AN OSCAR FOR ʻTHE SILENT CHILD”
Many a “good” sign will have been shared within the Deaf community now that this short
but telling film has been shown on BBC1. It will have an impact on them and help raise
awareness in a world that so often ignores a hidden disability. I congratulate all involved in
making it, especially Rachel Shenton, Chris Overton and, of course, the lovely Maisie!
Read our next issue of Chainmail for a full review!
I had a child whose world was silenced, not from birth but from meningitis at 5 months.
When he was one, thanks to a perceptive peripatetic teacher, we started to use signs.
The sight of profoundly deaf Tom sitting in his big pram on a wintry day, puzzled that his
woolly mitts cramped his signing style as he tried to tell me heʼd spotted a dog behind me
is just one of many enduring memories.
With 90% of deaf children having hearing parents early communication is vital. Without it
much heartache and many future problems can result. We were so fortunate to have the
right advice at a vulnerable time which meant our youngest son could secure his place in
our family and let his personality develop from an early age. Without signs he would have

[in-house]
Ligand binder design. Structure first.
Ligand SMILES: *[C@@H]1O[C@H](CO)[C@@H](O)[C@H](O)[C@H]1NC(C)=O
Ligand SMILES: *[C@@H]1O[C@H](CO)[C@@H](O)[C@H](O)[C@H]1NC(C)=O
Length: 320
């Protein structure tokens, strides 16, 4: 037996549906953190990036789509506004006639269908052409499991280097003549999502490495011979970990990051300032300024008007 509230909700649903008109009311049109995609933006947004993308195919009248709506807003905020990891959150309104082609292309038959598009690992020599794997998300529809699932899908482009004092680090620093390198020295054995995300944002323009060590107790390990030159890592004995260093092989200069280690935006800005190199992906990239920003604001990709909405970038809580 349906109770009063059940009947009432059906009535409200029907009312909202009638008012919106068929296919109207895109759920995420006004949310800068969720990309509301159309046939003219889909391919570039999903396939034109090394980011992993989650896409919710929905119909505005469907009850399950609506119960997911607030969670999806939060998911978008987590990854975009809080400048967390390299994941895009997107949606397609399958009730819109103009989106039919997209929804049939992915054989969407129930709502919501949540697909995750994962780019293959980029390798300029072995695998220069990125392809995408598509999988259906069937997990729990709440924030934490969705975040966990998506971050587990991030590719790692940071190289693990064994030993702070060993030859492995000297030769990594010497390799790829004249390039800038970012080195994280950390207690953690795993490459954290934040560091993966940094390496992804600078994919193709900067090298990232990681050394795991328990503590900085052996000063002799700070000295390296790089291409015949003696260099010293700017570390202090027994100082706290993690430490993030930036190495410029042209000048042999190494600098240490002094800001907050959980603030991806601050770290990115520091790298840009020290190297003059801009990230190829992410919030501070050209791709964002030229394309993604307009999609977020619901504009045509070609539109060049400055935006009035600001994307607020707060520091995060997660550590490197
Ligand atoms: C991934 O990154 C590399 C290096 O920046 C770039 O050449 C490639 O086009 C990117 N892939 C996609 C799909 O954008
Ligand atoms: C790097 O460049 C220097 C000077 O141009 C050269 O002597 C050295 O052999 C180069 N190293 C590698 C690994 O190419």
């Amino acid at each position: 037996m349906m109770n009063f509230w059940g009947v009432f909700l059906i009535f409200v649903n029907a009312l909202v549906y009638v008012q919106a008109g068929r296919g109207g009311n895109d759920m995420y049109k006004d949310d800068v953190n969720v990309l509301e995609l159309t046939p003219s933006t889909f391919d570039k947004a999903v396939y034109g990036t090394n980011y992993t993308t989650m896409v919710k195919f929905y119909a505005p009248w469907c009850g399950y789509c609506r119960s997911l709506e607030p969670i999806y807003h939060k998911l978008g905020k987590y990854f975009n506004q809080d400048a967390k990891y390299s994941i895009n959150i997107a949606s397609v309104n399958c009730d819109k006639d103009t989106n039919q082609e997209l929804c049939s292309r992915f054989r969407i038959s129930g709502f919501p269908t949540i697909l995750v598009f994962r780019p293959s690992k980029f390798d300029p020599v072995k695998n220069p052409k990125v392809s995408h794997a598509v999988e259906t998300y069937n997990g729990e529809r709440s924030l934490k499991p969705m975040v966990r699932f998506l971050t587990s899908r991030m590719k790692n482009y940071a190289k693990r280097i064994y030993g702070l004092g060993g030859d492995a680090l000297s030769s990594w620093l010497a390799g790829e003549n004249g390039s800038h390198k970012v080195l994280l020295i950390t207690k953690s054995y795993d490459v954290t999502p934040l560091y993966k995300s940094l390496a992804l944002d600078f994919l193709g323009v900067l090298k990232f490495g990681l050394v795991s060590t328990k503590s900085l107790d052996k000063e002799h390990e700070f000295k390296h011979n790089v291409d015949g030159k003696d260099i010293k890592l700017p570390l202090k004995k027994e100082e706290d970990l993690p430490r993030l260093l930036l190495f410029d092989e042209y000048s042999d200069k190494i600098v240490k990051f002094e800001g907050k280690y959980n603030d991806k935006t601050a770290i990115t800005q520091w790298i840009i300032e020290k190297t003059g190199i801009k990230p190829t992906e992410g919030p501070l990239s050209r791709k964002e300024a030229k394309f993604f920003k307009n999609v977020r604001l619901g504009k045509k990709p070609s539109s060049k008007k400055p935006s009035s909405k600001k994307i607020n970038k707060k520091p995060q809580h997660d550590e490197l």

had no way of expressing himself and we would have had no way of getting to know our
baby in his newly silent world.
Books in the early 80s painted a sad picture of childhood deafness and when I discovered
a different take on this I decided to write my own, starting when he was 3 and finishing it
when he was 21! Making Sense in Sign - a lifeline for a Deaf Child, Multilingual Matters
Ltd. has been described by one ToD as “an inspiration in a world that often presents a
negative view of deafness”.
I once saw a similar scenario to the one portrayed in the film and I remember that my heart
bled for the child concerned. The challenge of bringing up a deaf child was considerable
but the rewards, in our case, were so many and continue today as we enjoy reading chatty
emails from Tom and have the joy of seeing his own hearing youngsters signing,
lipspeaking and talking with their very grounded and sensitive deaf parents, both of whom
are so attuned to their needs. I discovered from some paperwork recently that Tomʼs
future mother-in-law and I were both at the same seminar on Deaf issues at Guyʼs Hospital
in 1988! A small world - and one on which a small child has just made a huge impression!
Well done Maisie!